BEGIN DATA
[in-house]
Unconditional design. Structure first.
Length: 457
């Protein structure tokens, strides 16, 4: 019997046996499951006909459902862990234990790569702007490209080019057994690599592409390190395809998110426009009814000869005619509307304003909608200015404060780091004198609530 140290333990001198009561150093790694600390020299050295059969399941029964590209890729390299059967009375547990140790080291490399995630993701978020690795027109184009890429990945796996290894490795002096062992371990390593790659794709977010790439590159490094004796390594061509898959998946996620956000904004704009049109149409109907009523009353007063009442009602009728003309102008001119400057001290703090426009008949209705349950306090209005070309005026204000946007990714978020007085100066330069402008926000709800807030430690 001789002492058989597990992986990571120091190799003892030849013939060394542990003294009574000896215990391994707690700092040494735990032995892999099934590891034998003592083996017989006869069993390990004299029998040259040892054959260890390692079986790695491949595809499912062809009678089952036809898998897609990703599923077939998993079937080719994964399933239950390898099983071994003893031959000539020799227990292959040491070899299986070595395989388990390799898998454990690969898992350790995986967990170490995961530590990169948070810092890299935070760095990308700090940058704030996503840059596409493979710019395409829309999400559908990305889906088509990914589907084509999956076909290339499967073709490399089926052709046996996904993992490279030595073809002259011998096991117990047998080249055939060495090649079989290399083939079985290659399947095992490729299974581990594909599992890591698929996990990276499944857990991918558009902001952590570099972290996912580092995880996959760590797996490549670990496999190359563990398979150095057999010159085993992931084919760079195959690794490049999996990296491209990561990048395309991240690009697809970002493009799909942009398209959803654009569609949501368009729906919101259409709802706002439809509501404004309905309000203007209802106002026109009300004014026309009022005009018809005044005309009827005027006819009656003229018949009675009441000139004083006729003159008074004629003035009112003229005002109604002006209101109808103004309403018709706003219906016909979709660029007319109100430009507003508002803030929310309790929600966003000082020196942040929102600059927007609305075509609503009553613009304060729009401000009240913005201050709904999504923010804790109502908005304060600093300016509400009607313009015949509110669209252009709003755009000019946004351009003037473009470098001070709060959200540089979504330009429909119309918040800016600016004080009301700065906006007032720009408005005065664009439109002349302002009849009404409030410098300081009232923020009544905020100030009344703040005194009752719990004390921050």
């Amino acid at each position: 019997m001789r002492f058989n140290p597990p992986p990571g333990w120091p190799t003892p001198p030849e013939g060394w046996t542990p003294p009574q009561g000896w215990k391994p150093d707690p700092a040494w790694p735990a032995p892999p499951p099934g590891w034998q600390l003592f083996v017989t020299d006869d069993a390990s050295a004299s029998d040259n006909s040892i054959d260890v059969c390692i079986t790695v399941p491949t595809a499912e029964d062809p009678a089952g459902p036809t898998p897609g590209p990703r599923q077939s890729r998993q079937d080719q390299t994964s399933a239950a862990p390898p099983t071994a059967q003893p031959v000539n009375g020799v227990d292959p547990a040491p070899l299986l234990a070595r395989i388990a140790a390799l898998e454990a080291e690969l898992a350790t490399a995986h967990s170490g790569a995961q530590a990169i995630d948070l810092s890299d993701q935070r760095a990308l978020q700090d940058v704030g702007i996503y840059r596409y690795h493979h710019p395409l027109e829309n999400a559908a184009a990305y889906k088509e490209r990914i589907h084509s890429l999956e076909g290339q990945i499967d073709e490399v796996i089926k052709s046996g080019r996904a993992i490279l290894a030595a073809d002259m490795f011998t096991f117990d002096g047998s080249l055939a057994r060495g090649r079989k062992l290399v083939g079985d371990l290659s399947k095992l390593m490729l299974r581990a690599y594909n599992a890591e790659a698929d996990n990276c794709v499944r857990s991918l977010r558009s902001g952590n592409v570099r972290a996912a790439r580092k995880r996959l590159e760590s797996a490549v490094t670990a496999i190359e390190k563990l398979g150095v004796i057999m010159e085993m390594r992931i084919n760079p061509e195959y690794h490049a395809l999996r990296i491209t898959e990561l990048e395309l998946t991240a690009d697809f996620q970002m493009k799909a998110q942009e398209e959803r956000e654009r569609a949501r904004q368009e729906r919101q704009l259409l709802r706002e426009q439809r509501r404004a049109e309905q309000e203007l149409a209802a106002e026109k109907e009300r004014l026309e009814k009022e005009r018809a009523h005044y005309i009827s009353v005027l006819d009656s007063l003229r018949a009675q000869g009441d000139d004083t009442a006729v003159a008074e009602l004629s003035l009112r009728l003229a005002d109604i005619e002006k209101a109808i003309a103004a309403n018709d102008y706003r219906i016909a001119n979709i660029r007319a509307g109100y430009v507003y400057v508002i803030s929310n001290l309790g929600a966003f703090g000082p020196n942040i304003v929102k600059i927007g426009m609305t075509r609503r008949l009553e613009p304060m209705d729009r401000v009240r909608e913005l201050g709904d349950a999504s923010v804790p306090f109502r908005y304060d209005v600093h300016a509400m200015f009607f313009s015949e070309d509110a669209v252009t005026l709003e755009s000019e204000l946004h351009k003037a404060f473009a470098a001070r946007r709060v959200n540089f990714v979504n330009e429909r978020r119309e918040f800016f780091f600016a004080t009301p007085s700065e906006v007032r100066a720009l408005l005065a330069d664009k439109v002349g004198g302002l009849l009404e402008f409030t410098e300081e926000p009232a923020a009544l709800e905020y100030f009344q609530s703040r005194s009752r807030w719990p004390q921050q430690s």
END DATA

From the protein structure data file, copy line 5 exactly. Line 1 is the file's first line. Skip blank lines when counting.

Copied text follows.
């Amino acid at each position: 019997m001789r002492f058989n140290p597990p992986p990571g333990w120091p190799t003892p001198p030849e013939g060394w046996t542990p003294p009574q009561g000896w215990k391994p150093d707690p700092a040494w790694p735990a032995p892999p499951p099934g590891w034998q600390l003592f083996v017989t020299d006869d069993a390990s050295a004299s029998d040259n006909s040892i054959d260890v059969c390692i079986t790695v399941p491949t595809a499912e029964d062809p009678a089952g459902p036809t898998p897609g590209p990703r599923q077939s890729r998993q079937d080719q390299t994964s399933a239950a862990p390898p099983t071994a059967q003893p031959v000539n009375g020799v227990d292959p547990a040491p070899l299986l234990a070595r395989i388990a140790a390799l898998e454990a080291e690969l898992a350790t490399a995986h967990s170490g790569a995961q530590a990169i995630d948070l810092s890299d993701q935070r760095a990308l978020q700090d940058v704030g702007i996503y840059r596409y690795h493979h710019p395409l027109e829309n999400a559908a184009a990305y889906k088509e490209r990914i589907h084509s890429l999956e076909g290339q990945i499967d073709e490399v796996i089926k052709s046996g080019r996904a993992i490279l290894a030595a073809d002259m490795f011998t096991f117990d002096g047998s080249l055939a057994r060495g090649r079989k062992l290399v083939g079985d371990l290659s399947k095992l390593m490729l299974r581990a690599y594909n599992a890591e790659a698929d996990n990276c794709v499944r857990s991918l977010r558009s902001g952590n592409v570099r972290a996912a790439r580092k995880r996959l590159e760590s797996a490549v490094t670990a496999i190359e390190k563990l398979g150095v004796i057999m010159e085993m390594r992931i084919n760079p061509e195959y690794h490049a395809l999996r990296i491209t898959e990561l990048e395309l998946t991240a690009d697809f996620q970002m493009k799909a998110q942009e398209e959803r956000e654009r569609a949501r904004q368009e729906r919101q704009l259409l709802r706002e426009q439809r509501r404004a049109e309905q309000e203007l149409a209802a106002e026109k109907e009300r004014l026309e009814k009022e005009r018809a009523h005044y005309i009827s009353v005027l006819d009656s007063l003229r018949a009675q000869g009441d000139d004083t009442a006729v003159a008074e009602l004629s003035l009112r009728l003229a005002d109604i005619e002006k209101a109808i003309a103004a309403n018709d102008y706003r219906i016909a001119n979709i660029r007319a509307g109100y430009v507003y400057v508002i803030s929310n001290l309790g929600a966003f703090g000082p020196n942040i304003v929102k600059i927007g426009m609305t075509r609503r008949l009553e613009p304060m209705d729009r401000v009240r909608e913005l201050g709904d349950a999504s923010v804790p306090f109502r908005y304060d209005v600093h300016a509400m200015f009607f313009s015949e070309d509110a669209v252009t005026l709003e755009s000019e204000l946004h351009k003037a404060f473009a470098a001070r946007r709060v959200n540089f990714v979504n330009e429909r978020r119309e918040f800016f780091f600016a004080t009301p007085s700065e906006v007032r100066a720009l408005l005065a330069d664009k439109v002349g004198g302002l009849l009404e402008f409030t410098e300081e926000p009232a923020a009544l709800e905020y100030f009344q609530s703040r005194s009752r807030w719990p004390q921050q430690s």